That is according to new sales data released by New Zealand Plant Breeding and Research Association (NZPBRA).
“That’s the equivalent of just over 6600 average sized dairy farms,” NZPBRA general manager Thomas Chin said.
“What this clearly shows is that farmers are using well-bred, well researched, proven plant genetics to get the best out of their land and their animals.
“It’s good news for the plant breeders who invest heavily in developing new pastures every year and it’s good news for New Zealand as a whole.”
The sales data covers proprietary ryegrass, clover, cocksfoot, tall fescue and lucerne seed and comes from NZPBRA member companies.
Chin said while specialist pasture options like fescue and lucerne have a solid market, proprietary ryegrass and white clover remain by far the most planted species on New Zealand farms.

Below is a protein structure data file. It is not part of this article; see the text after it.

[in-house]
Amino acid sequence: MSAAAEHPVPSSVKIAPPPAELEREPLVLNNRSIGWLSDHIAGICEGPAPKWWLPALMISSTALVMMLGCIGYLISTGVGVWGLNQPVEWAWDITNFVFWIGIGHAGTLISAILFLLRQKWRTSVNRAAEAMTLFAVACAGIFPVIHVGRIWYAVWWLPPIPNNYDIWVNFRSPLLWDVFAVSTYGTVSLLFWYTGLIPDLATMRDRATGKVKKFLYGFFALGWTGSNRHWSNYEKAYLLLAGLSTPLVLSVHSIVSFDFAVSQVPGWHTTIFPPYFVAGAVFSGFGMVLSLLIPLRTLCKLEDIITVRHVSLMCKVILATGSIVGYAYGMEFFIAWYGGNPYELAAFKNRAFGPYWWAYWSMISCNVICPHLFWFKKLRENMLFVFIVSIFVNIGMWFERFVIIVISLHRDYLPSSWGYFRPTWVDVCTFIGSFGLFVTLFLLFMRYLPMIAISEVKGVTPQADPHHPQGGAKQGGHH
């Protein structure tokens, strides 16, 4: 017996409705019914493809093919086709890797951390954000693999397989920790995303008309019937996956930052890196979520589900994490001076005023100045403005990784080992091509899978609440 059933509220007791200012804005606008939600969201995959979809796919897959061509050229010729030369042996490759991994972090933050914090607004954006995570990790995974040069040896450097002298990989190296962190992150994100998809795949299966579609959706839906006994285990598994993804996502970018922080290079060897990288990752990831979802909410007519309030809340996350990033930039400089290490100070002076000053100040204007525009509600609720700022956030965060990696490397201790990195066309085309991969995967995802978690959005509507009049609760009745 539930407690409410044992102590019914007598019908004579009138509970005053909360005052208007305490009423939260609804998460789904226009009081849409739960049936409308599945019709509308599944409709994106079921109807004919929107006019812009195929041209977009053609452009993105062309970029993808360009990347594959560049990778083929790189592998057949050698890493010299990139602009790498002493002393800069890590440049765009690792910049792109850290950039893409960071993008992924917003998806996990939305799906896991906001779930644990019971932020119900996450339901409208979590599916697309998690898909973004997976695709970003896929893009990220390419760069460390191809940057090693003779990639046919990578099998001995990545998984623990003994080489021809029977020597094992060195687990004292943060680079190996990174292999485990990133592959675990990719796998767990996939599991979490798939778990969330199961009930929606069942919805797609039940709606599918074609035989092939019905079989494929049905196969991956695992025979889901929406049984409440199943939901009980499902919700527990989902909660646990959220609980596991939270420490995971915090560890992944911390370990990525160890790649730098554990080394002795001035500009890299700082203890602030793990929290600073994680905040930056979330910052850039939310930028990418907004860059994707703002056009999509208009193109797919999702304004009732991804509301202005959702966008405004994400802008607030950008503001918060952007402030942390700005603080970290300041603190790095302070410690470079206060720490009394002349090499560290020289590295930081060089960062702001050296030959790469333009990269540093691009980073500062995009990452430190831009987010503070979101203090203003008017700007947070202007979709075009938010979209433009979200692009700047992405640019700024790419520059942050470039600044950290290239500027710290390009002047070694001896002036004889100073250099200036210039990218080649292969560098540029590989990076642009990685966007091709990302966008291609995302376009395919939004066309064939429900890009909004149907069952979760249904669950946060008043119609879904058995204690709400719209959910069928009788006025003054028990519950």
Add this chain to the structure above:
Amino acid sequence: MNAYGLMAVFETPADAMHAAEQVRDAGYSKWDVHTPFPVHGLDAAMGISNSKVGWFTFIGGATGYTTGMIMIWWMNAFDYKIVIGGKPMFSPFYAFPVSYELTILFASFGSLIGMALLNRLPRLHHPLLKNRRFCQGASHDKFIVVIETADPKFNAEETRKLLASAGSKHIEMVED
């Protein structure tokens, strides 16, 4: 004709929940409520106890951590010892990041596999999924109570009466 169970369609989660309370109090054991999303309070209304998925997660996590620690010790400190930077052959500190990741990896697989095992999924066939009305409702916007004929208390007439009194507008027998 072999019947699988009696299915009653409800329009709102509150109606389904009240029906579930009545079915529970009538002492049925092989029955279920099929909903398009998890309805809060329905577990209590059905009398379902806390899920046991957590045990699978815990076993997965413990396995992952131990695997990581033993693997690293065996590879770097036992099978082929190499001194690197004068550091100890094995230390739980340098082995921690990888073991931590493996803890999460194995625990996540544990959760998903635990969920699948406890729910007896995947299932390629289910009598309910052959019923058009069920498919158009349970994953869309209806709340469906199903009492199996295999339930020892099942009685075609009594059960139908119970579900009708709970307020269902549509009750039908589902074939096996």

Over 7300 tonnes of perennial, hybrid, Italian and annual ryegrass seed was sold last year alone, with nearly 650 tonnes of clover seed.
Tall fescue totalled 217 tonnes, and lucerne 115 tonnes.
Since 2009, total proprietary ryegrass seed sales have exceeded 29,300 tonnes which at an average sowing rate of 20 kg/ha is enough to cover just over 1.4 million ha, Chin said.
“Lucerne and fescue seed sales over the same period take that total to approximately 1.53 million ha.
“Whichever way you look at it, there’s nothing like the vigour of new seed and good feed for millions of head of livestock.”